The term “computer readable medium” refers, at least in one embodiment, to any medium that participates in providing instructions to processor 804 for execution. Such a medium can take many forms, including but not limited to, non-volatile media, volatile media, and transmission media. Non-volatile media includes, for example, optical or magnetic disks, such as disk drive 810. Volatile media includes dynamic memory, such as system memory 806. Transmission media includes coaxial cables, copper wire, and fiber optics, including wires that comprise bus 802. Transmission media can also take the form of acoustic or light waves, such as those generated during radio wave and infrared data communications.
Common forms of computer readable media includes, for example, floppy disk, flexible disk, hard disk, magnetic tape, any other magnetic medium, CD-ROM, any other optical medium, punch cards, paper tape, any other physical medium with patterns of holes, RAM, PROM, EPROM, FLASH-EPROM, any other memory chip or cartridge, carrier wave, or any other medium from which a computer can read.
In some examples, execution of the sequences of instructions can be performed by a single computer system 800. According to some examples, two or more computer systems 800 coupled by communication link 820 (e.g., LAN, PSTN, or wireless network) can perform the sequence of instructions in coordination with one another. Computer system 800 can transmit and receive messages, data, and instructions, including program, i.e., application code, through communication link 820 and communication interface 812. Received program code can be executed by processor 804 as it is received, and/or stored in disk drive 810, or other non-volatile storage for later execution. In one embodiment, system 800 is implemented as a hand-held device, such as a mobile phone 850. But in other embodiments, system 800 can be implemented as a personal computer (i.e., a desk top computer) or any other computing device.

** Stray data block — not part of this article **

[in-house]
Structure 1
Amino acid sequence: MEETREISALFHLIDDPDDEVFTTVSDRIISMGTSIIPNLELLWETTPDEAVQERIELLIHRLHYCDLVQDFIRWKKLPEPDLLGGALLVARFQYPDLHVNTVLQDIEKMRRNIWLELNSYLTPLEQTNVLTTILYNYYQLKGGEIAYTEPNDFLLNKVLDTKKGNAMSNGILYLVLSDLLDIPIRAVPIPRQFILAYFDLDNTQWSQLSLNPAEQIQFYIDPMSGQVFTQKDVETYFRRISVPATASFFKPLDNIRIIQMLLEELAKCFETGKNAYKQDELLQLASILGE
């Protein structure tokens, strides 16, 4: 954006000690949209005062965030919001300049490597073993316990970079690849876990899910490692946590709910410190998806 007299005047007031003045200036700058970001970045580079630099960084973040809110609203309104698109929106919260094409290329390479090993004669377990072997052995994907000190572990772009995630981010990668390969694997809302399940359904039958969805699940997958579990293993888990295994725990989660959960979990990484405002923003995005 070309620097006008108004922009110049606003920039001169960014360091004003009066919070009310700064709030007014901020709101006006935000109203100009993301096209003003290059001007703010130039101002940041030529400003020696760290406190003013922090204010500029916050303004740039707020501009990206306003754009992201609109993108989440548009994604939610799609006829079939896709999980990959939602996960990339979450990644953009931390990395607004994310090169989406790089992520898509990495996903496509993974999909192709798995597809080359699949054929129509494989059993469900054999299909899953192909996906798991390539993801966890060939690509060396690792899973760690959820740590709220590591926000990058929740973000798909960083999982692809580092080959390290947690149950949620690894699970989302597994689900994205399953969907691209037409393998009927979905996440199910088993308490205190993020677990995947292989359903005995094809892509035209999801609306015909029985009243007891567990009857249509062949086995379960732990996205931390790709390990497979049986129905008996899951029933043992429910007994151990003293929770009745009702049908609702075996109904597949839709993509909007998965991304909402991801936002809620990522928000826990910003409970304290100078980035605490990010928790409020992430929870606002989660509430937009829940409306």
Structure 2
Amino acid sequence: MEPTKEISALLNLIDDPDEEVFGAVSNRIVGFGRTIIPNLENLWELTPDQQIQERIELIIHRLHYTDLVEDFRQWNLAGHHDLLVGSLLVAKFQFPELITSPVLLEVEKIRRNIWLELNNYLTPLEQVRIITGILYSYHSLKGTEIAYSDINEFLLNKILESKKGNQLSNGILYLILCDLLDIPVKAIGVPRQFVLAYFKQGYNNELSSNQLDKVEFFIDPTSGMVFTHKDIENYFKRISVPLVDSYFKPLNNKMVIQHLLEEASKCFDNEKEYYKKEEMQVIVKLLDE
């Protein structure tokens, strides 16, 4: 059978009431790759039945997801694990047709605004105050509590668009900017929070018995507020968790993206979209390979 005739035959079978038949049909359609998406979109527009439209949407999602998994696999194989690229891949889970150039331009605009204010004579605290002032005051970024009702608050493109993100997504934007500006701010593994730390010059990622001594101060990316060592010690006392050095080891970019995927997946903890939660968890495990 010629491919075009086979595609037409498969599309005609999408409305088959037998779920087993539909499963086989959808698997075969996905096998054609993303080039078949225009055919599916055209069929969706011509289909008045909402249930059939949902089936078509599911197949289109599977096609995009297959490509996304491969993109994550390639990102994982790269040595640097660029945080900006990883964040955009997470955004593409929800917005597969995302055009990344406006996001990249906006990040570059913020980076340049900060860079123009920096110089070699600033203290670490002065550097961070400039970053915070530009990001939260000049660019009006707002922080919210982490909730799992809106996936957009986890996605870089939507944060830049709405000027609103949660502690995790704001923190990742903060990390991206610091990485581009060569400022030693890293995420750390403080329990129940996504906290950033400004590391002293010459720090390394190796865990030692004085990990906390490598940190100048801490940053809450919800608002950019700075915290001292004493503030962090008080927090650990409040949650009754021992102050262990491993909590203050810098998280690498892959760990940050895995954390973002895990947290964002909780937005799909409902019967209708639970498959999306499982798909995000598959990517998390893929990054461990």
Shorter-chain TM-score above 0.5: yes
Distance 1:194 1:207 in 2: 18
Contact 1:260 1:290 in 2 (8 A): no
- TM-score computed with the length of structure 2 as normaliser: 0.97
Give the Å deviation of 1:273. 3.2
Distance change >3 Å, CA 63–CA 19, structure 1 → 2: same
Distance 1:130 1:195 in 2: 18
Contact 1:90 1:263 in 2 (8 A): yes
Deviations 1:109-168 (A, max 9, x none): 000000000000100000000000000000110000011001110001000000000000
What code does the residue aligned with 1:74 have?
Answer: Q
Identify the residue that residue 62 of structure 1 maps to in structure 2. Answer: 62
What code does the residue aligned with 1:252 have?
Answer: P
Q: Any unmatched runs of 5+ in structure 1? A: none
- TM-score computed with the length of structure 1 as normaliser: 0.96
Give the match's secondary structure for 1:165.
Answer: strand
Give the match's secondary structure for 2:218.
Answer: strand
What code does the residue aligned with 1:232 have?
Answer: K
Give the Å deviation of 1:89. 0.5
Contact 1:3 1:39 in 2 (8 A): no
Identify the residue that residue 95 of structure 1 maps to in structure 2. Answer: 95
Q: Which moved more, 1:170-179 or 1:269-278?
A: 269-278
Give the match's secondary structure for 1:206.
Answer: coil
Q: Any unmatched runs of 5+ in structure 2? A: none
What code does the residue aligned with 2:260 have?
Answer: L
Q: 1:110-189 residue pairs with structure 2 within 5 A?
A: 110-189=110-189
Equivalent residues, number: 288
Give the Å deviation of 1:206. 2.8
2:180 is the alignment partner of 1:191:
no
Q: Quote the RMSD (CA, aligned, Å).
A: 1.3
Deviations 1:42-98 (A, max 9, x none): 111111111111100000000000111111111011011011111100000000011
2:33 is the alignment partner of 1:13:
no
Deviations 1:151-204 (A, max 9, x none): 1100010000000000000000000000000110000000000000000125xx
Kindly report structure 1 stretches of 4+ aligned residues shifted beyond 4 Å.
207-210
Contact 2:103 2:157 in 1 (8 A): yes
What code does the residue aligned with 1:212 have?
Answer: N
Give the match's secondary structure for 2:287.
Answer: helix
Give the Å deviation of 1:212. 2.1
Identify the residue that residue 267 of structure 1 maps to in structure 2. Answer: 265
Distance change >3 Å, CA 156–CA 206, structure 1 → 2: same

In some examples, one or more panels for creating electronic documents can be presented on interface 906, which can be an interface for an application such as a web browsing program, Internet content portal, client or desktop application for any purpose. Interface 906, in some embodiments, can include UIs for stand-alone video players, including a DVD-player UI. Panels can be used to provide additional or supplemental information that can be contextually relevant to another panel presented in interface 906. Computer 908, notebook computer (“notebook” or “laptop”) 910, smart phone 912, personal digital assistant (“PDA”) 914, server 916, and administrator computer 918 can provide content data for rendering content as well as other data, which can be implemented to generate, for example, an electronic form and content input field in interface 906. In some cases, an operating system installed on computer 908 can communicate (i.e., via an application programming interface (“API”)) content data and/or other related data to another application installed on computer 908 to render (i.e., interpreting data and information to draw or display the content in an interface) one or more panels presented in interface 906. In some examples, different types of panels can be rendered in interface 906. In one embodiment, interface 906 can include any number and/or any type of display environments, such as CRT and LCD displays. Note that the above-described system and elements can be varied and are not limited to the descriptions or examples provided.